Ahluwalia defends Manmohan Singh’s role in 2G case

August 7th, 2011 - 12:45 pm ICT by IANS  

Manmohan Singh New Delhi, Aug 7 (IANS) Planning Commission Deputy Chairman Montek Singh Ahluwalia has steadfastly defended his mentor and Prime Minister Manmohan Singh in the handling of second generation (2G) spectrum case, saying the cabinet can’t be micro-managed.

“The prime minister is not micro-managing every decision before it’s taken. So while I think 2G clearly became a problem, I don’t think it became a problem because it was mishandled at the Prime Minister’s Office level,” Ahluwalia said in an interview.

The plan panel deputy chief even told Karan Thapar’s Devil’s Advocate programme on CNN-IBN that former telecom minister A. Raja’s assertion that the prime minister had erred by not setting up a ministerial panel to oversee spectrum decisions was without basis.

“No, not at all! I think those who say that have a mistaken notion on how a cabinet government works,” said Ahluwalia, when specifically asked to respond to a growing feeling that the prime minister was also less than vigilant in handling the issue.

“Now you cannot set up a GoM (group of ministers) to look at something which has been decided at a cabinet level. I think if anybody felt the previous cabinet decisions needed to be reversed, they should have taken the matter to cabinet.”

It is alleged by Raja that Manmohan Singh had allowed Dayanidhi Maran, his predecessor at Sanchar Bhavan, the headquarters of the communications ministry, to persuade the prime minister in 2006 not to make pricing of spectrum a part of GoM.

Ahluwalia maintained the same position when asked to comment on the second instance of alleged mismanagement by the PMO when the law and telecom ministries differed in 2007 over how the spectrum should be allocated.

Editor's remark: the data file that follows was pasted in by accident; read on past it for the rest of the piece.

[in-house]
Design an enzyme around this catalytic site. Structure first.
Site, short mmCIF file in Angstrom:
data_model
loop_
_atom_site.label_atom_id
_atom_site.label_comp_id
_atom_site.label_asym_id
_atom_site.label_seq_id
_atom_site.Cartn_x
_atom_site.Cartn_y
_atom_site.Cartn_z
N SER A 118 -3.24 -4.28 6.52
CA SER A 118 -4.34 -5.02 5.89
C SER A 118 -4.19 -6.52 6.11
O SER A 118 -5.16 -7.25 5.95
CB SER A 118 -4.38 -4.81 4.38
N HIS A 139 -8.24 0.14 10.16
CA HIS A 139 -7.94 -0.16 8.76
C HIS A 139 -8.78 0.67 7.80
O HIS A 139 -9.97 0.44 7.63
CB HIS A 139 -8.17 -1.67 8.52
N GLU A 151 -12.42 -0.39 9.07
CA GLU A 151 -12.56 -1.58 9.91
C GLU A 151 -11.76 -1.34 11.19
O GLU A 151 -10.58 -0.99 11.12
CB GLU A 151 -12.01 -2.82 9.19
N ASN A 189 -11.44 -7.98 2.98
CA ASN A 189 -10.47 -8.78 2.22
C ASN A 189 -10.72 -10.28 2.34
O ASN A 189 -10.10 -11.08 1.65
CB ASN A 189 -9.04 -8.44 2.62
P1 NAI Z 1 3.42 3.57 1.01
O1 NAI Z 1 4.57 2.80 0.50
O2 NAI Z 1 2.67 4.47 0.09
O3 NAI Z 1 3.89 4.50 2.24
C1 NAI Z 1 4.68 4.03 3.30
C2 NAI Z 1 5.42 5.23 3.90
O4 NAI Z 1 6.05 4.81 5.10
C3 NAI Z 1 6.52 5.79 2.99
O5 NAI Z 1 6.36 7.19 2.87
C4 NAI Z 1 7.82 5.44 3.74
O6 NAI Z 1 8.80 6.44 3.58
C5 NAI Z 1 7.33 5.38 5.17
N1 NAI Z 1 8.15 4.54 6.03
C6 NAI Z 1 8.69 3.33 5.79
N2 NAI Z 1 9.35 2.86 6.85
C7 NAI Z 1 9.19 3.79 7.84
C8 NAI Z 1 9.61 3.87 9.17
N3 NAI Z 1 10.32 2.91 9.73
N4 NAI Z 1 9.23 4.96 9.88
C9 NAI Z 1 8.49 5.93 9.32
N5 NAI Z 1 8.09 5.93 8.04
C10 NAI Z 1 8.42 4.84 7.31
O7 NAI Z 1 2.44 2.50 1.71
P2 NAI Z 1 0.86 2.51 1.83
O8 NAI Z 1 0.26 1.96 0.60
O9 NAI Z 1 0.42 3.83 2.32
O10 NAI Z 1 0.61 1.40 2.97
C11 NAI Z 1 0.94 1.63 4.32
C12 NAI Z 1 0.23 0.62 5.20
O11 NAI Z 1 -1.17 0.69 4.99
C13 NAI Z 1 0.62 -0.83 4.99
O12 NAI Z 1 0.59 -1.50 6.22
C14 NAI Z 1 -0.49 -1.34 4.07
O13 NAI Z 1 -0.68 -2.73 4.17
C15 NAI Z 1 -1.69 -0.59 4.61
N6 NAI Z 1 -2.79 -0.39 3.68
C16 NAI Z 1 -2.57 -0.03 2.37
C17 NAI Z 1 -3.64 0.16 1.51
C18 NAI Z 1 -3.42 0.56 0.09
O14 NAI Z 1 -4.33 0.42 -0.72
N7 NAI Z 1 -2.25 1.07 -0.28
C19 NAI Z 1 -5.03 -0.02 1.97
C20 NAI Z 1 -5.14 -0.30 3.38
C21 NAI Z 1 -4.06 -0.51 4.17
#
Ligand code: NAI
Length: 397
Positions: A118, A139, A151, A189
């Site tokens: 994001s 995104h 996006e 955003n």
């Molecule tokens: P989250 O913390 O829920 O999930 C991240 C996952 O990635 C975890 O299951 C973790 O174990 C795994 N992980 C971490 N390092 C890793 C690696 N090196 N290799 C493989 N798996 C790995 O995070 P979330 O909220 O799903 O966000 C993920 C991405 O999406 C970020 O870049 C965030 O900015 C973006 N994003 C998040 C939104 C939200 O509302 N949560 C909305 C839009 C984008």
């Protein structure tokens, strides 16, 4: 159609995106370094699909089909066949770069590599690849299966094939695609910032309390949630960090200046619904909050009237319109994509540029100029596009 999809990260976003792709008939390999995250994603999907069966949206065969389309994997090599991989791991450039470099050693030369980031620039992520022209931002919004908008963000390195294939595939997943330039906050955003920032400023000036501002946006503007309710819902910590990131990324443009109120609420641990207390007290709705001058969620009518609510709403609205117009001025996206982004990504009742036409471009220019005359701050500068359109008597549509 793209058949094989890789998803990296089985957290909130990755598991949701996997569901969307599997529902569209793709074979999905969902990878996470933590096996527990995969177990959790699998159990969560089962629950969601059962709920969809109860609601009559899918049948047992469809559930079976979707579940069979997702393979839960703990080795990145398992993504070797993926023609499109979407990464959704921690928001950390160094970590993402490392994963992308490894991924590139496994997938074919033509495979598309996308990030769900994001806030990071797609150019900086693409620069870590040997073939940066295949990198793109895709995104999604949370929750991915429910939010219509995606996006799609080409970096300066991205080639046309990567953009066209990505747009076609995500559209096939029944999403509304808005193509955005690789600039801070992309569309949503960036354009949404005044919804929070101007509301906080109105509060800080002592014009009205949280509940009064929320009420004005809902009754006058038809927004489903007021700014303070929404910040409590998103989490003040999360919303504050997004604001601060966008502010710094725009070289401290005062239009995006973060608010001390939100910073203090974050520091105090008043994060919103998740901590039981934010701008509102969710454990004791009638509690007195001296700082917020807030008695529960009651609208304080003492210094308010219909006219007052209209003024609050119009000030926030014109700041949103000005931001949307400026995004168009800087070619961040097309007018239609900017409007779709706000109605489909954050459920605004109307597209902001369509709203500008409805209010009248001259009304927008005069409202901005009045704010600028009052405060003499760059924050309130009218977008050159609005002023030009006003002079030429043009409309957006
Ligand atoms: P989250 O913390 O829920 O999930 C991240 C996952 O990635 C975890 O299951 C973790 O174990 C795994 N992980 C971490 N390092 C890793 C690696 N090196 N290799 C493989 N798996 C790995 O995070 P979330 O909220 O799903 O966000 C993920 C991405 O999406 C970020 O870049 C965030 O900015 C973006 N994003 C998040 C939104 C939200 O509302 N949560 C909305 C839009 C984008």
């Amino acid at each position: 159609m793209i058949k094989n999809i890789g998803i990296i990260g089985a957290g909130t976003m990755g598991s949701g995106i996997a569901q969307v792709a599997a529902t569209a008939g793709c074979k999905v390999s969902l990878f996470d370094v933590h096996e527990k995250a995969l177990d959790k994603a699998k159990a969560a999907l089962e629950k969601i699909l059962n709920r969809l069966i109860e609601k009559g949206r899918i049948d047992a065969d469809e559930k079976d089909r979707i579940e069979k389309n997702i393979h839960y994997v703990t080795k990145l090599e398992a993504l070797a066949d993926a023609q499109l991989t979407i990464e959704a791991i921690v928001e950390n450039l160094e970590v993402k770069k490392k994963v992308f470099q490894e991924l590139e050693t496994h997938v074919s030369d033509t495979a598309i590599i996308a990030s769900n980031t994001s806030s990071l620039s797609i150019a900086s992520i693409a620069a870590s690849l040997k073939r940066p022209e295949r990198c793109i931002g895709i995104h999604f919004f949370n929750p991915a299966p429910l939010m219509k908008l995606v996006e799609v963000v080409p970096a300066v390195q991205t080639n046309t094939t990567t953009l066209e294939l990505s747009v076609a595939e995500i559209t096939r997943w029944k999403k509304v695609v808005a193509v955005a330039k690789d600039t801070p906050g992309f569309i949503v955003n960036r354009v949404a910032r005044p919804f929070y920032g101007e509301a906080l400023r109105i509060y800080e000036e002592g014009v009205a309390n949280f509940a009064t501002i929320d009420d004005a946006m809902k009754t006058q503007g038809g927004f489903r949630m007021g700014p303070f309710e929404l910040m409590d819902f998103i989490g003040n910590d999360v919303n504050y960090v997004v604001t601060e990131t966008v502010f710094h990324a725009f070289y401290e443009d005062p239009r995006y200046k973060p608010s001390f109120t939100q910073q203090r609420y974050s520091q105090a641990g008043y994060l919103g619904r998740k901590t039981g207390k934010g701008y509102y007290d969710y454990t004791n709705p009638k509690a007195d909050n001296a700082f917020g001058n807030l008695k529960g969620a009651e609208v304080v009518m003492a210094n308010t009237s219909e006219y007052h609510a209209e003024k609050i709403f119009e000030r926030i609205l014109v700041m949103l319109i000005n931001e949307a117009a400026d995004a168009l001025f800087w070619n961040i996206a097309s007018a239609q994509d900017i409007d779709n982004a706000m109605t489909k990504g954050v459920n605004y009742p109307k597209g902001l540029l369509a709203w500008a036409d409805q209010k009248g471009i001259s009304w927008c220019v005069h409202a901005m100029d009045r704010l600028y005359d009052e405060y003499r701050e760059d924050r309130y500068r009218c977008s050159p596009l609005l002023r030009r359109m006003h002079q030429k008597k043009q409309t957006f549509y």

“Well, I am not an expert, but let me tell you my understanding. When two ministers disagree on issues that concern them it is certainly true that goes to the cabinet,” said the plan panel deputy chief.

“But when a minister is disagreeing with the ministry concerned on an issue that doesn’t concern the ministry which is disagreeing, it doesn’t actually go to the cabinet,” said Ahluwalia, who was the top bureaucrat at finance ministry when Manmohan Singh held the portfolio between 1991 and 1996.

On the third instance of alleged negligence, when the finance and telecom ministries differed over allocation or auction of spectrum, Ahluwalia said then telecom watchdog had already said airwaves should not be put for bids for 2G telephony.

“I mean, look if the PM would have gotten involved in every little disagreement there, I mean, he would have no time whatsoever to do his own job.”

Ahluwalia was also asked why the prime minister did not follow-up on his letter to Raja in November 2007, calling for fairness and transparency on a number of issues. His reply, once again, was similar.

“I don’t think the prime minister should be behaving as super minister, supervising everything his colleague does. He raises the issue, he got an assurance from the ministry that they were following established policy and that it had been approved by the Solicitor General.”

Similarly, asked why the prime minister turned a blind eye to the controversial decision when the norms of first-come-first served basis for spectrum allocation was changed, the plan panel deputy chief said the matter was sub judice.

He also defended the note of January 2008 that said the prime minister wanted his office to be kept at arm’s length regarding the developments in the telecom sector, which many interpret as a desire to “wash hands off a mess”.

“Well, it is true that this item of news has been played up quite a bit but it is one of the most gross misrepresentations of the fact. The facts are actually extremely straightforward,” Ahluwalia said.

“The idea that the prime minister must be watching over the shoulders of every ministry goes completely against any kind of principle of how cabinet government should work.”

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